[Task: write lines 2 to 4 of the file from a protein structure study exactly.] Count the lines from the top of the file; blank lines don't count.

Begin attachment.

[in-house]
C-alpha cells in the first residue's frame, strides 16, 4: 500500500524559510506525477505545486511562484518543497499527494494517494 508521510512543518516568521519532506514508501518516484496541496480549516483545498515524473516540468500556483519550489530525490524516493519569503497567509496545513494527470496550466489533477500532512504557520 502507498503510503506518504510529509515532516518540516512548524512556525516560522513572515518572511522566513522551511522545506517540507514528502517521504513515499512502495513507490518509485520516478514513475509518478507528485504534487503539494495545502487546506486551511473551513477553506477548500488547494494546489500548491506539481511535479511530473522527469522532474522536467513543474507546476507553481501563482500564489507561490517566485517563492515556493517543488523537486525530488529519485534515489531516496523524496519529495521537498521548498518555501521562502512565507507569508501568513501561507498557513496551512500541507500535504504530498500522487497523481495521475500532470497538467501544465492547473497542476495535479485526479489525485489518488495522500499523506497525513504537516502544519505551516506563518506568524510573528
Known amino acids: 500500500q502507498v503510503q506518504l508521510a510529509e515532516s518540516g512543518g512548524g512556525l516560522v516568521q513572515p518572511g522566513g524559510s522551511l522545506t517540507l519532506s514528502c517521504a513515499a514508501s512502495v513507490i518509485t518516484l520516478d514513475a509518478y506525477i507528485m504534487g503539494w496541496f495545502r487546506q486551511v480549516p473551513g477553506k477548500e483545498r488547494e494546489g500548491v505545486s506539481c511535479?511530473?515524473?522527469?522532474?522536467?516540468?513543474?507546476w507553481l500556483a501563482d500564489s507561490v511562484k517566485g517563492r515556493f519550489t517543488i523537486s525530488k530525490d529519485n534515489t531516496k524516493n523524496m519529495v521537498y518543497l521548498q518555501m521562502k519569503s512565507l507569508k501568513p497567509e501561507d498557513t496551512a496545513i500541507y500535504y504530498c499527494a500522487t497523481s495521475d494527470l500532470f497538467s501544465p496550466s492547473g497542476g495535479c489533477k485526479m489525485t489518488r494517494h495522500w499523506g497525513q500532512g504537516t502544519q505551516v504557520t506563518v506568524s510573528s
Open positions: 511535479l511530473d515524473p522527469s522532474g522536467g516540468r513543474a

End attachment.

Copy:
C-alpha cells in the first residue's frame, strides 16, 4: 500500500524559510506525477505545486511562484518543497499527494494517494 508521510512543518516568521519532506514508501518516484496541496480549516483545498515524473516540468500556483519550489530525490524516493519569503497567509496545513494527470496550466489533477500532512504557520 502507498503510503506518504510529509515532516518540516512548524512556525516560522513572515518572511522566513522551511522545506517540507514528502517521504513515499512502495513507490518509485520516478514513475509518478507528485504534487503539494495545502487546506486551511473551513477553506477548500488547494494546489500548491506539481511535479511530473522527469522532474522536467513543474507546476507553481501563482500564489507561490517566485517563492515556493517543488523537486525530488529519485534515489531516496523524496519529495521537498521548498518555501521562502512565507507569508501568513501561507498557513496551512500541507500535504504530498500522487497523481495521475500532470497538467501544465492547473497542476495535479485526479489525485489518488495522500499523506497525513504537516502544519505551516506563518506568524510573528
Known amino acids: 500500500q502507498v503510503q506518504l508521510a510529509e515532516s518540516g512543518g512548524g512556525l516560522v516568521q513572515p518572511g522566513g524559510s522551511l522545506t517540507l519532506s514528502c517521504a513515499a514508501s512502495v513507490i518509485t518516484l520516478d514513475a509518478y506525477i507528485m504534487g503539494w496541496f495545502r487546506q486551511v480549516p473551513g477553506k477548500e483545498r488547494e494546489g500548491v505545486s506539481c511535479?511530473?515524473?522527469?522532474?522536467?516540468?513543474?507546476w507553481l500556483a501563482d500564489s507561490v511562484k517566485g517563492r515556493f519550489t517543488i523537486s525530488k530525490d529519485n534515489t531516496k524516493n523524496m519529495v521537498y518543497l521548498q518555501m521562502k519569503s512565507l507569508k501568513p497567509e501561507d498557513t496551512a496545513i500541507y500535504y504530498c499527494a500522487t497523481s495521475d494527470l500532470f497538467s501544465p496550466s492547473g497542476g495535479c489533477k485526479m489525485t489518488r494517494h495522500w499523506g497525513q500532512g504537516t502544519q505551516v504557520t506563518v506568524s510573528s
Open positions: 511535479l511530473d515524473p522527469s522532474g522536467g516540468r513543474a